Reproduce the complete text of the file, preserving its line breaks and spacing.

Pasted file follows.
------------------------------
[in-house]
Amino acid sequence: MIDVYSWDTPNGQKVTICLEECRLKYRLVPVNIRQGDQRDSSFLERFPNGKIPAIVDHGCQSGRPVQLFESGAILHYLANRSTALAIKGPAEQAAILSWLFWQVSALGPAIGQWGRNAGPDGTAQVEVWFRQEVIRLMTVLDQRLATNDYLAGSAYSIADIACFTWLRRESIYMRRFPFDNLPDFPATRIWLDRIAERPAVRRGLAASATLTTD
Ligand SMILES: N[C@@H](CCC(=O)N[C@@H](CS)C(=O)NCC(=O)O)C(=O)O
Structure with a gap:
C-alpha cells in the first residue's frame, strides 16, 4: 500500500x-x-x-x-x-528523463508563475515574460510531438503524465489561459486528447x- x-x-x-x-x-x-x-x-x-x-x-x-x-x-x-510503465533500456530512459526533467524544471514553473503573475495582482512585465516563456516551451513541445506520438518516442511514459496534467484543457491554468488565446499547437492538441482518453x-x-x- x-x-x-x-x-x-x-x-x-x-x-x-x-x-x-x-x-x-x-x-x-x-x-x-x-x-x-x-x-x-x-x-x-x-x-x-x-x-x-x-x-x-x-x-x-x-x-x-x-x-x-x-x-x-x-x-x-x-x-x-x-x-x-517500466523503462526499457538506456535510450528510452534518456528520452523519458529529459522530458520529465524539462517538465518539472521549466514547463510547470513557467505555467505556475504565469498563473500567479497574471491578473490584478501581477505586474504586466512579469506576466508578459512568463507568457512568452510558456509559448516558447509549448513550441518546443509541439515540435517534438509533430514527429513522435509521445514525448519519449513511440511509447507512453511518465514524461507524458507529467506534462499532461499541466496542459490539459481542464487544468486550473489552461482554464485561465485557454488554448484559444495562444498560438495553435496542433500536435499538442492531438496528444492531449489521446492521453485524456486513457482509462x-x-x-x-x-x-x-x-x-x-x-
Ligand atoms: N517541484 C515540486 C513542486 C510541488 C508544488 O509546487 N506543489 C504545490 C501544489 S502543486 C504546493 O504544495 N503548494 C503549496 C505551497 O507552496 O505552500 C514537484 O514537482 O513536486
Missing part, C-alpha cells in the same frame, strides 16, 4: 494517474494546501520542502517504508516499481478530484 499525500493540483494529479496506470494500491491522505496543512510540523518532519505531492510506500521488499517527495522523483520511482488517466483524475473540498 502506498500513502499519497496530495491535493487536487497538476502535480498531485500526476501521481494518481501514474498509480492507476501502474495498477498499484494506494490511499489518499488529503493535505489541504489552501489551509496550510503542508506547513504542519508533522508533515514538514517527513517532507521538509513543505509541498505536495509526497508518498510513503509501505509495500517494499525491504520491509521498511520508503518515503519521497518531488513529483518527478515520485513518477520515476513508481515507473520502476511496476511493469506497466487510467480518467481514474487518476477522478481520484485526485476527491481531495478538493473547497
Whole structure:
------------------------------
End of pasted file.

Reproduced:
[in-house]
Amino acid sequence: MIDVYSWDTPNGQKVTICLEECRLKYRLVPVNIRQGDQRDSSFLERFPNGKIPAIVDHGCQSGRPVQLFESGAILHYLANRSTALAIKGPAEQAAILSWLFWQVSALGPAIGQWGRNAGPDGTAQVEVWFRQEVIRLMTVLDQRLATNDYLAGSAYSIADIACFTWLRRESIYMRRFPFDNLPDFPATRIWLDRIAERPAVRRGLAASATLTTD
Ligand SMILES: N[C@@H](CCC(=O)N[C@@H](CS)C(=O)NCC(=O)O)C(=O)O
Structure with a gap:
C-alpha cells in the first residue's frame, strides 16, 4: 500500500x-x-x-x-x-528523463508563475515574460510531438503524465489561459486528447x- x-x-x-x-x-x-x-x-x-x-x-x-x-x-x-510503465533500456530512459526533467524544471514553473503573475495582482512585465516563456516551451513541445506520438518516442511514459496534467484543457491554468488565446499547437492538441482518453x-x-x- x-x-x-x-x-x-x-x-x-x-x-x-x-x-x-x-x-x-x-x-x-x-x-x-x-x-x-x-x-x-x-x-x-x-x-x-x-x-x-x-x-x-x-x-x-x-x-x-x-x-x-x-x-x-x-x-x-x-x-x-x-x-x-517500466523503462526499457538506456535510450528510452534518456528520452523519458529529459522530458520529465524539462517538465518539472521549466514547463510547470513557467505555467505556475504565469498563473500567479497574471491578473490584478501581477505586474504586466512579469506576466508578459512568463507568457512568452510558456509559448516558447509549448513550441518546443509541439515540435517534438509533430514527429513522435509521445514525448519519449513511440511509447507512453511518465514524461507524458507529467506534462499532461499541466496542459490539459481542464487544468486550473489552461482554464485561465485557454488554448484559444495562444498560438495553435496542433500536435499538442492531438496528444492531449489521446492521453485524456486513457482509462x-x-x-x-x-x-x-x-x-x-x-
Ligand atoms: N517541484 C515540486 C513542486 C510541488 C508544488 O509546487 N506543489 C504545490 C501544489 S502543486 C504546493 O504544495 N503548494 C503549496 C505551497 O507552496 O505552500 C514537484 O514537482 O513536486
Missing part, C-alpha cells in the same frame, strides 16, 4: 494517474494546501520542502517504508516499481478530484 499525500493540483494529479496506470494500491491522505496543512510540523518532519505531492510506500521488499517527495522523483520511482488517466483524475473540498 502506498500513502499519497496530495491535493487536487497538476502535480498531485500526476501521481494518481501514474498509480492507476501502474495498477498499484494506494490511499489518499488529503493535505489541504489552501489551509496550510503542508506547513504542519508533522508533515514538514517527513517532507521538509513543505509541498505536495509526497508518498510513503509501505509495500517494499525491504520491509521498511520508503518515503519521497518531488513529483518527478515520485513518477520515476513508481515507473520502476511496476511493469506497466487510467480518467481514474487518476477522478481520484485526485476527491481531495478538493473547497
Whole structure: